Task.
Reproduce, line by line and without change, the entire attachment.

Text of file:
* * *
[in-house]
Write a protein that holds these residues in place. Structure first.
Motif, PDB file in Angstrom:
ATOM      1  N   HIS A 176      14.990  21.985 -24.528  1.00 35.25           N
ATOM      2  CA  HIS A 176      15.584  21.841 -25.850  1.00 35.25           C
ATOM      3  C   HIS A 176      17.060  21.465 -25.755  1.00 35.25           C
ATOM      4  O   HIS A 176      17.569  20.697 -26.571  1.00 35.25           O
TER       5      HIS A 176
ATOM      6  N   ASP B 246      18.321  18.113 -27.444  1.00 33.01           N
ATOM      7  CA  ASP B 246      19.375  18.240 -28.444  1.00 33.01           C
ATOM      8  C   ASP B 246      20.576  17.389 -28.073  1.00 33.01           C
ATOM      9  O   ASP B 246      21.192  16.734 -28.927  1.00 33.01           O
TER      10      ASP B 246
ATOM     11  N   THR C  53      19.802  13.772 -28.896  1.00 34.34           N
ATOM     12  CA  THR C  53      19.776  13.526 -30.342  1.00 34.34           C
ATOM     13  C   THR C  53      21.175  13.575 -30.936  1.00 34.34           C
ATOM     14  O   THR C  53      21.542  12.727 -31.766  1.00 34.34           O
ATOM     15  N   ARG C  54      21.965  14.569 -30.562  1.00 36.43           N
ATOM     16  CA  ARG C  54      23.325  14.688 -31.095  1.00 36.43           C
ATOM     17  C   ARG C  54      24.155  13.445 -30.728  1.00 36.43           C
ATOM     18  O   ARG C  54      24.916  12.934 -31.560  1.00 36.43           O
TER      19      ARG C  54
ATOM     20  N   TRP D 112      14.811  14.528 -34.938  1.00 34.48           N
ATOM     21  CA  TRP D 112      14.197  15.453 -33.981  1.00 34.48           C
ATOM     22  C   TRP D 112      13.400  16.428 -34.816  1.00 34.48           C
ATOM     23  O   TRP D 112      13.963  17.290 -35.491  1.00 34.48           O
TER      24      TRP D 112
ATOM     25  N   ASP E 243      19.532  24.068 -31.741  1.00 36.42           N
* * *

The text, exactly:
[in-house]
Write a protein that holds these residues in place. Structure first.
Motif, PDB file in Angstrom:
ATOM      1  N   HIS A 176      14.990  21.985 -24.528  1.00 35.25           N
ATOM      2  CA  HIS A 176      15.584  21.841 -25.850  1.00 35.25           C
ATOM      3  C   HIS A 176      17.060  21.465 -25.755  1.00 35.25           C
ATOM      4  O   HIS A 176      17.569  20.697 -26.571  1.00 35.25           O
TER       5      HIS A 176
ATOM      6  N   ASP B 246      18.321  18.113 -27.444  1.00 33.01           N
ATOM      7  CA  ASP B 246      19.375  18.240 -28.444  1.00 33.01           C
ATOM      8  C   ASP B 246      20.576  17.389 -28.073  1.00 33.01           C
ATOM      9  O   ASP B 246      21.192  16.734 -28.927  1.00 33.01           O
TER      10      ASP B 246
ATOM     11  N   THR C  53      19.802  13.772 -28.896  1.00 34.34           N
ATOM     12  CA  THR C  53      19.776  13.526 -30.342  1.00 34.34           C
ATOM     13  C   THR C  53      21.175  13.575 -30.936  1.00 34.34           C
ATOM     14  O   THR C  53      21.542  12.727 -31.766  1.00 34.34           O
ATOM     15  N   ARG C  54      21.965  14.569 -30.562  1.00 36.43           N
ATOM     16  CA  ARG C  54      23.325  14.688 -31.095  1.00 36.43           C
ATOM     17  C   ARG C  54      24.155  13.445 -30.728  1.00 36.43           C
ATOM     18  O   ARG C  54      24.916  12.934 -31.560  1.00 36.43           O
TER      19      ARG C  54
ATOM     20  N   TRP D 112      14.811  14.528 -34.938  1.00 34.48           N
ATOM     21  CA  TRP D 112      14.197  15.453 -33.981  1.00 34.48           C
ATOM     22  C   TRP D 112      13.400  16.428 -34.816  1.00 34.48           C
ATOM     23  O   TRP D 112      13.963  17.290 -35.491  1.00 34.48           O
TER      24      TRP D 112
ATOM     25  N   ASP E 243      19.532  24.068 -31.741  1.00 36.42           N